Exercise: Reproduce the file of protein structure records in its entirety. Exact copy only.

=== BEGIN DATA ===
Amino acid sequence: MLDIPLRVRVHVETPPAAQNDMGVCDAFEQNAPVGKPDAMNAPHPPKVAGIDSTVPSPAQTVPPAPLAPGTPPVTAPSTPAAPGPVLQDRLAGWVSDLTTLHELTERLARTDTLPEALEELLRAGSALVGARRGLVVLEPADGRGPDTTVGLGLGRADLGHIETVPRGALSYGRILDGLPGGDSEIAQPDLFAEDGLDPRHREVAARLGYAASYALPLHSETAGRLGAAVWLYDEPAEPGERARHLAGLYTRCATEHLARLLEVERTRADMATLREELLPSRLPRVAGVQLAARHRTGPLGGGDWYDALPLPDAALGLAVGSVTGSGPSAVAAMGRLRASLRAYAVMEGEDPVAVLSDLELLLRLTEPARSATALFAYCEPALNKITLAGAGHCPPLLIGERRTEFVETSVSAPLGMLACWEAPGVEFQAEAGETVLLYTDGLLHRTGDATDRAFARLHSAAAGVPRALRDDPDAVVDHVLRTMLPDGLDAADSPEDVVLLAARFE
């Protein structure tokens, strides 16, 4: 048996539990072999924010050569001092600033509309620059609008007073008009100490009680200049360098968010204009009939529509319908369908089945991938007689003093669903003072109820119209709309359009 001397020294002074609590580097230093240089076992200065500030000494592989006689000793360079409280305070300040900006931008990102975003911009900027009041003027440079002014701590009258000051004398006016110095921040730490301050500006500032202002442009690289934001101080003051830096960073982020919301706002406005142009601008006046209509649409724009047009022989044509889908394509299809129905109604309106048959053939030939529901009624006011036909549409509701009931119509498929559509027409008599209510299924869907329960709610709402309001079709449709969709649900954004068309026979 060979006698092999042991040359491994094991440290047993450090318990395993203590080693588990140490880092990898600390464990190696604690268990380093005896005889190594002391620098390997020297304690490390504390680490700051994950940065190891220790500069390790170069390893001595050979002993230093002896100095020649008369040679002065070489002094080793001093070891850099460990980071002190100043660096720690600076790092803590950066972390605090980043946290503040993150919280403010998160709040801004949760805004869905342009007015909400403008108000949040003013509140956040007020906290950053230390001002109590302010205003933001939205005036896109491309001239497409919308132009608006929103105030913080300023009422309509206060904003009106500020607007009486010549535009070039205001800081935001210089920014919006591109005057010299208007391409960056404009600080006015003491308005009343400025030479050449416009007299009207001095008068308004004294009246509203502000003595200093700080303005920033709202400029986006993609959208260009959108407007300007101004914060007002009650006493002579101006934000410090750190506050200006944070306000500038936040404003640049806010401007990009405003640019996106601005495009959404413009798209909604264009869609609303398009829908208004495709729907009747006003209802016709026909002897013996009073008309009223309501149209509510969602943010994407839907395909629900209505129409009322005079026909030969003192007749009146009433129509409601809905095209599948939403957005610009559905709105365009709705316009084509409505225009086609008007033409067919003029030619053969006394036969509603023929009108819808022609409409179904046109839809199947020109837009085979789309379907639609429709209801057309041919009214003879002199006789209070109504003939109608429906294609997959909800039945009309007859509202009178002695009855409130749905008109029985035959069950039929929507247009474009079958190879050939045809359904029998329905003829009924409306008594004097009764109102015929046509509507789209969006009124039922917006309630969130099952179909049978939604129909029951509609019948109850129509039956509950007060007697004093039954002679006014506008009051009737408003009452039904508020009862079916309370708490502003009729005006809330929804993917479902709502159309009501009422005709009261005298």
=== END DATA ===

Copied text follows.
Amino acid sequence: MLDIPLRVRVHVETPPAAQNDMGVCDAFEQNAPVGKPDAMNAPHPPKVAGIDSTVPSPAQTVPPAPLAPGTPPVTAPSTPAAPGPVLQDRLAGWVSDLTTLHELTERLARTDTLPEALEELLRAGSALVGARRGLVVLEPADGRGPDTTVGLGLGRADLGHIETVPRGALSYGRILDGLPGGDSEIAQPDLFAEDGLDPRHREVAARLGYAASYALPLHSETAGRLGAAVWLYDEPAEPGERARHLAGLYTRCATEHLARLLEVERTRADMATLREELLPSRLPRVAGVQLAARHRTGPLGGGDWYDALPLPDAALGLAVGSVTGSGPSAVAAMGRLRASLRAYAVMEGEDPVAVLSDLELLLRLTEPARSATALFAYCEPALNKITLAGAGHCPPLLIGERRTEFVETSVSAPLGMLACWEAPGVEFQAEAGETVLLYTDGLLHRTGDATDRAFARLHSAAAGVPRALRDDPDAVVDHVLRTMLPDGLDAADSPEDVVLLAARFE
């Protein structure tokens, strides 16, 4: 048996539990072999924010050569001092600033509309620059609008007073008009100490009680200049360098968010204009009939529509319908369908089945991938007689003093669903003072109820119209709309359009 001397020294002074609590580097230093240089076992200065500030000494592989006689000793360079409280305070300040900006931008990102975003911009900027009041003027440079002014701590009258000051004398006016110095921040730490301050500006500032202002442009690289934001101080003051830096960073982020919301706002406005142009601008006046209509649409724009047009022989044509889908394509299809129905109604309106048959053939030939529901009624006011036909549409509701009931119509498929559509027409008599209510299924869907329960709610709402309001079709449709969709649900954004068309026979 060979006698092999042991040359491994094991440290047993450090318990395993203590080693588990140490880092990898600390464990190696604690268990380093005896005889190594002391620098390997020297304690490390504390680490700051994950940065190891220790500069390790170069390893001595050979002993230093002896100095020649008369040679002065070489002094080793001093070891850099460990980071002190100043660096720690600076790092803590950066972390605090980043946290503040993150919280403010998160709040801004949760805004869905342009007015909400403008108000949040003013509140956040007020906290950053230390001002109590302010205003933001939205005036896109491309001239497409919308132009608006929103105030913080300023009422309509206060904003009106500020607007009486010549535009070039205001800081935001210089920014919006591109005057010299208007391409960056404009600080006015003491308005009343400025030479050449416009007299009207001095008068308004004294009246509203502000003595200093700080303005920033709202400029986006993609959208260009959108407007300007101004914060007002009650006493002579101006934000410090750190506050200006944070306000500038936040404003640049806010401007990009405003640019996106601005495009959404413009798209909604264009869609609303398009829908208004495709729907009747006003209802016709026909002897013996009073008309009223309501149209509510969602943010994407839907395909629900209505129409009322005079026909030969003192007749009146009433129509409601809905095209599948939403957005610009559905709105365009709705316009084509409505225009086609008007033409067919003029030619053969006394036969509603023929009108819808022609409409179904046109839809199947020109837009085979789309379907639609429709209801057309041919009214003879002199006789209070109504003939109608429906294609997959909800039945009309007859509202009178002695009855409130749905008109029985035959069950039929929507247009474009079958190879050939045809359904029998329905003829009924409306008594004097009764109102015929046509509507789209969006009124039922917006309630969130099952179909049978939604129909029951509609019948109850129509039956509950007060007697004093039954002679006014506008009051009737408003009452039904508020009862079916309370708490502003009729005006809330929804993917479902709502159309009501009422005709009261005298």